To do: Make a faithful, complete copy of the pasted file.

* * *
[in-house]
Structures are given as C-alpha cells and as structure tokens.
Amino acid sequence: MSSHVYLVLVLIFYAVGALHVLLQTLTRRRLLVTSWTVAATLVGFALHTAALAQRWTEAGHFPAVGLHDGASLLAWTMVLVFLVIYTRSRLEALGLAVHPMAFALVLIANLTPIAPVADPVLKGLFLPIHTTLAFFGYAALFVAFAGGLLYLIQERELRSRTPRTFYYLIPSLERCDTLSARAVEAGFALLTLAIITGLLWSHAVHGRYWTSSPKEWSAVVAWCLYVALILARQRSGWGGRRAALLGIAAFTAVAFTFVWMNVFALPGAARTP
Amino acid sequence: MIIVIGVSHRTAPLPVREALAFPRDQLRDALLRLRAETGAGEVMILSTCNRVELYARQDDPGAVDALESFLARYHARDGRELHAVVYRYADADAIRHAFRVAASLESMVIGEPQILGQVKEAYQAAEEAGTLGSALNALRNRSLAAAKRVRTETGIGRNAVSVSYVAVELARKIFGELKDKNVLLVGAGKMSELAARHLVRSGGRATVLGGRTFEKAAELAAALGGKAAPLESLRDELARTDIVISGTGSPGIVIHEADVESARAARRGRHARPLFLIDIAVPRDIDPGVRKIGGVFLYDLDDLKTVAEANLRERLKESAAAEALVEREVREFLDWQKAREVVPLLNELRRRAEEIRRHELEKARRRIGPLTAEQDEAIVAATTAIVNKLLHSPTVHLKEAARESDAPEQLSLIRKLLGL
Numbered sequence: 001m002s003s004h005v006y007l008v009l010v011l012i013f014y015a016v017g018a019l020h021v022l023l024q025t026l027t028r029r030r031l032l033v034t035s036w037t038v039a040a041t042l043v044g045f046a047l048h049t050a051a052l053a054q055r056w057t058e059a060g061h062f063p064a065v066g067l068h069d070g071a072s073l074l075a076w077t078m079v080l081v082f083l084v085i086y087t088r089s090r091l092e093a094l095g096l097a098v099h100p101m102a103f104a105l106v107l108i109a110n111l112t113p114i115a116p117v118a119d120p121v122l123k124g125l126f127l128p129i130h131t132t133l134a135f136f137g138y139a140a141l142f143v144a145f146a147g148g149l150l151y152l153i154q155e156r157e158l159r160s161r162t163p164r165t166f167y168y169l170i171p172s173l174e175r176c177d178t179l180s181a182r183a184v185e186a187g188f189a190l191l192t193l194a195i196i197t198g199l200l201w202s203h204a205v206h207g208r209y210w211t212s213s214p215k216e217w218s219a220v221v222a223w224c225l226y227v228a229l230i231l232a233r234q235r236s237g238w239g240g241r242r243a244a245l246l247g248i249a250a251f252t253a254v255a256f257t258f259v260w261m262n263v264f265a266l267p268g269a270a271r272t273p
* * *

[in-house]
Structures are given as C-alpha cells and as structure tokens.
Amino acid sequence: MSSHVYLVLVLIFYAVGALHVLLQTLTRRRLLVTSWTVAATLVGFALHTAALAQRWTEAGHFPAVGLHDGASLLAWTMVLVFLVIYTRSRLEALGLAVHPMAFALVLIANLTPIAPVADPVLKGLFLPIHTTLAFFGYAALFVAFAGGLLYLIQERELRSRTPRTFYYLIPSLERCDTLSARAVEAGFALLTLAIITGLLWSHAVHGRYWTSSPKEWSAVVAWCLYVALILARQRSGWGGRRAALLGIAAFTAVAFTFVWMNVFALPGAARTP
Amino acid sequence: MIIVIGVSHRTAPLPVREALAFPRDQLRDALLRLRAETGAGEVMILSTCNRVELYARQDDPGAVDALESFLARYHARDGRELHAVVYRYADADAIRHAFRVAASLESMVIGEPQILGQVKEAYQAAEEAGTLGSALNALRNRSLAAAKRVRTETGIGRNAVSVSYVAVELARKIFGELKDKNVLLVGAGKMSELAARHLVRSGGRATVLGGRTFEKAAELAAALGGKAAPLESLRDELARTDIVISGTGSPGIVIHEADVESARAARRGRHARPLFLIDIAVPRDIDPGVRKIGGVFLYDLDDLKTVAEANLRERLKESAAAEALVEREVREFLDWQKAREVVPLLNELRRRAEEIRRHELEKARRRIGPLTAEQDEAIVAATTAIVNKLLHSPTVHLKEAARESDAPEQLSLIRKLLGL
Numbered sequence: 001m002s003s004h005v006y007l008v009l010v011l012i013f014y015a016v017g018a019l020h021v022l023l024q025t026l027t028r029r030r031l032l033v034t035s036w037t038v039a040a041t042l043v044g045f046a047l048h049t050a051a052l053a054q055r056w057t058e059a060g061h062f063p064a065v066g067l068h069d070g071a072s073l074l075a076w077t078m079v080l081v082f083l084v085i086y087t088r089s090r091l092e093a094l095g096l097a098v099h100p101m102a103f104a105l106v107l108i109a110n111l112t113p114i115a116p117v118a119d120p121v122l123k124g125l126f127l128p129i130h131t132t133l134a135f136f137g138y139a140a141l142f143v144a145f146a147g148g149l150l151y152l153i154q155e156r157e158l159r160s161r162t163p164r165t166f167y168y169l170i171p172s173l174e175r176c177d178t179l180s181a182r183a184v185e186a187g188f189a190l191l192t193l194a195i196i197t198g199l200l201w202s203h204a205v206h207g208r209y210w211t212s213s214p215k216e217w218s219a220v221v222a223w224c225l226y227v228a229l230i231l232a233r234q235r236s237g238w239g240g241r242r243a244a245l246l247g248i249a250a251f252t253a254v255a256f257t258f259v260w261m262n263v264f265a266l267p268g269a270a271r272t273p